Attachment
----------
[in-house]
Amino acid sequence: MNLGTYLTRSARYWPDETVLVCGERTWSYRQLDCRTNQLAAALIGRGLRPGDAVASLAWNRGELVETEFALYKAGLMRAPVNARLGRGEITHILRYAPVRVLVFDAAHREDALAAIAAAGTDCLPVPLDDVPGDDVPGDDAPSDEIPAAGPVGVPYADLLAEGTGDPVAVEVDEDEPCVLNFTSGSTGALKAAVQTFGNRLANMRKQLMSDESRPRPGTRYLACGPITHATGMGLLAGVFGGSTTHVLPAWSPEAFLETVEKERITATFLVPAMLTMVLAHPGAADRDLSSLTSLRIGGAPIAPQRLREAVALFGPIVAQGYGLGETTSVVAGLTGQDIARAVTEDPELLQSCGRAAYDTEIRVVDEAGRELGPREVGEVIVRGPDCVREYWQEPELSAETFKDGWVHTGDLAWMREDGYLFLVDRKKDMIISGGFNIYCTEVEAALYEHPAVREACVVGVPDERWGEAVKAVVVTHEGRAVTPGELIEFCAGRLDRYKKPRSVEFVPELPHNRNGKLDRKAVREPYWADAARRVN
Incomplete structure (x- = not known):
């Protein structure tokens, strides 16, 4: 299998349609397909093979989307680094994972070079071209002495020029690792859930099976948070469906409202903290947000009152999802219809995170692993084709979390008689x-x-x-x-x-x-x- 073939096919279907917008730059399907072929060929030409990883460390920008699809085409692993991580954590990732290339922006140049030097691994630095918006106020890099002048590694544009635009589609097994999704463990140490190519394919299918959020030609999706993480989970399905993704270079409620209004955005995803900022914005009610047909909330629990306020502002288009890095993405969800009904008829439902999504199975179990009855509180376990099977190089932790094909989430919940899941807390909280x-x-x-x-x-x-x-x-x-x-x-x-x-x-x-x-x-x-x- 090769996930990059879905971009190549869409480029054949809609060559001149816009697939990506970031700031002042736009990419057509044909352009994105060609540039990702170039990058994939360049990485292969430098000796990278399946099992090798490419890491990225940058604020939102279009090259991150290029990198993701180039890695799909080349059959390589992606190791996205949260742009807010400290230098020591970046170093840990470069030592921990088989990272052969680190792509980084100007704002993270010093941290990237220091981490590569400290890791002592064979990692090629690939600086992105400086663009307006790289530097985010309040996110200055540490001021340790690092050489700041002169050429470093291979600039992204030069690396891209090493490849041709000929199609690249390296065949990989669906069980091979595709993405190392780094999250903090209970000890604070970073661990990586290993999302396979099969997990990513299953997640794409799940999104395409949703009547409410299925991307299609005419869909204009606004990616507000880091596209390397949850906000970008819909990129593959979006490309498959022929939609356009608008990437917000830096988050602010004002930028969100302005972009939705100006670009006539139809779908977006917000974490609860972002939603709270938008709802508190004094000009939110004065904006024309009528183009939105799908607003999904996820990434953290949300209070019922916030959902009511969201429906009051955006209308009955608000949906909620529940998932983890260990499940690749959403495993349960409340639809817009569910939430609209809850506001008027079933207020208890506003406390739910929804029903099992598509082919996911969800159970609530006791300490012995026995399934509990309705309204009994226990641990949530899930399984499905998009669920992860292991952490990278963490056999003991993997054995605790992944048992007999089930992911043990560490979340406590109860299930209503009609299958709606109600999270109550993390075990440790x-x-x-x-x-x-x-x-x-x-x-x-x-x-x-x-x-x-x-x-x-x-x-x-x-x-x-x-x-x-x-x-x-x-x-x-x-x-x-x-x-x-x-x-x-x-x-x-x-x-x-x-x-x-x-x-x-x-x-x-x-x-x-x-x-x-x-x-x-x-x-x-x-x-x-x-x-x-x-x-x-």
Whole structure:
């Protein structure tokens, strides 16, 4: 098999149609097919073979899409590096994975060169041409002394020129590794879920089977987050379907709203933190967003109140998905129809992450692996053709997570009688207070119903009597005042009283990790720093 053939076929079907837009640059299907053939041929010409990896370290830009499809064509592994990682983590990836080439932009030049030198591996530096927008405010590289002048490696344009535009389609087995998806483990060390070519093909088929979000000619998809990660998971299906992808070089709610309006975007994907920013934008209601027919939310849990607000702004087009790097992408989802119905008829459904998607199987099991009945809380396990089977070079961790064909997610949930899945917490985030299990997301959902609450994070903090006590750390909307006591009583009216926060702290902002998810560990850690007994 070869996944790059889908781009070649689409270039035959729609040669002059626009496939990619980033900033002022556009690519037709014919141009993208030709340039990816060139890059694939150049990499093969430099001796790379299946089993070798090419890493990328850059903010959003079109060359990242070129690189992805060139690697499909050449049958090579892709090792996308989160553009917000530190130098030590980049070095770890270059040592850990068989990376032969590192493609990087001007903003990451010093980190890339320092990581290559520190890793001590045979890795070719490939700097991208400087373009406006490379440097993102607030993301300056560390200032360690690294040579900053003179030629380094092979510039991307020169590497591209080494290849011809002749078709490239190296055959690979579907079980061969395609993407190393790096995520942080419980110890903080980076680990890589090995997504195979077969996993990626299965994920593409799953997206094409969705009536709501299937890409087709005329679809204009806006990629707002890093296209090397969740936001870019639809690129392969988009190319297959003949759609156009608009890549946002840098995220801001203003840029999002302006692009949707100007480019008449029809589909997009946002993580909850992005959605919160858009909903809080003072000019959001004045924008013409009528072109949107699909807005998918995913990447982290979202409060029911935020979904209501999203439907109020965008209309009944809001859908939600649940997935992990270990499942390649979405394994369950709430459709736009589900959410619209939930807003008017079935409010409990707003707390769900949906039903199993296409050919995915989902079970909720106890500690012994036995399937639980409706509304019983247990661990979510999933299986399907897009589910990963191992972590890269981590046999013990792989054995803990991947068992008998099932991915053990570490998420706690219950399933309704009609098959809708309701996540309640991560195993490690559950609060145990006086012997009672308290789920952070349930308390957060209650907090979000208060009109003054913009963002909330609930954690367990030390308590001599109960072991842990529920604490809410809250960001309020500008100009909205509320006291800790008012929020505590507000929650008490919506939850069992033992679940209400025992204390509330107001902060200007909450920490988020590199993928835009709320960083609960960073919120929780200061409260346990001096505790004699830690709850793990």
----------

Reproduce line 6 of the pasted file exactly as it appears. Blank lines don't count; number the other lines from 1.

């Protein structure tokens, strides 16, 4: 098999149609097919073979899409590096994975060169041409002394020129590794879920089977987050379907709203933190967003109140998905129809992450692996053709997570009688207070119903009597005042009283990790720093 053939076929079907837009640059299907053939041929010409990896370290830009499809064509592994990682983590990836080439932009030049030198591996530096927008405010590289002048490696344009535009389609087995998806483990060390070519093909088929979000000619998809990660998971299906992808070089709610309006975007994907920013934008209601027919939310849990607000702004087009790097992408989802119905008829459904998607199987099991009945809380396990089977070079961790064909997610949930899945917490985030299990997301959902609450994070903090006590750390909307006591009583009216926060702290902002998810560990850690007994 070869996944790059889908781009070649689409270039035959729609040669002059626009496939990619980033900033002022556009690519037709014919141009993208030709340039990816060139890059694939150049990499093969430099001796790379299946089993070798090419890493990328850059903010959003079109060359990242070129690189992805060139690697499909050449049958090579892709090792996308989160553009917000530190130098030590980049070095770890270059040592850990068989990376032969590192493609990087001007903003990451010093980190890339320092990581290559520190890793001590045979890795070719490939700097991208400087373009406006490379440097993102607030993301300056560390200032360690690294040579900053003179030629380094092979510039991307020169590497591209080494290849011809002749078709490239190296055959690979579907079980061969395609993407190393790096995520942080419980110890903080980076680990890589090995997504195979077969996993990626299965994920593409799953997206094409969705009536709501299937890409087709005329679809204009806006990629707002890093296209090397969740936001870019639809690129392969988009190319297959003949759609156009608009890549946002840098995220801001203003840029999002302006692009949707100007480019008449029809589909997009946002993580909850992005959605919160858009909903809080003072000019959001004045924008013409009528072109949107699909807005998918995913990447982290979202409060029911935020979904209501999203439907109020965008209309009944809001859908939600649940997935992990270990499942390649979405394994369950709430459709736009589900959410619209939930807003008017079935409010409990707003707390769900949906039903199993296409050919995915989902079970909720106890500690012994036995399937639980409706509304019983247990661990979510999933299986399907897009589910990963191992972590890269981590046999013990792989054995803990991947068992008998099932991915053990570490998420706690219950399933309704009609098959809708309701996540309640991560195993490690559950609060145990006086012997009672308290789920952070349930308390957060209650907090979000208060009109003054913009963002909330609930954690367990030390308590001599109960072991842990529920604490809410809250960001309020500008100009909205509320006291800790008012929020505590507000929650008490919506939850069992033992679940209400025992204390509330107001902060200007909450920490988020590199993928835009709320960083609960960073919120929780200061409260346990001096505790004699830690709850793990």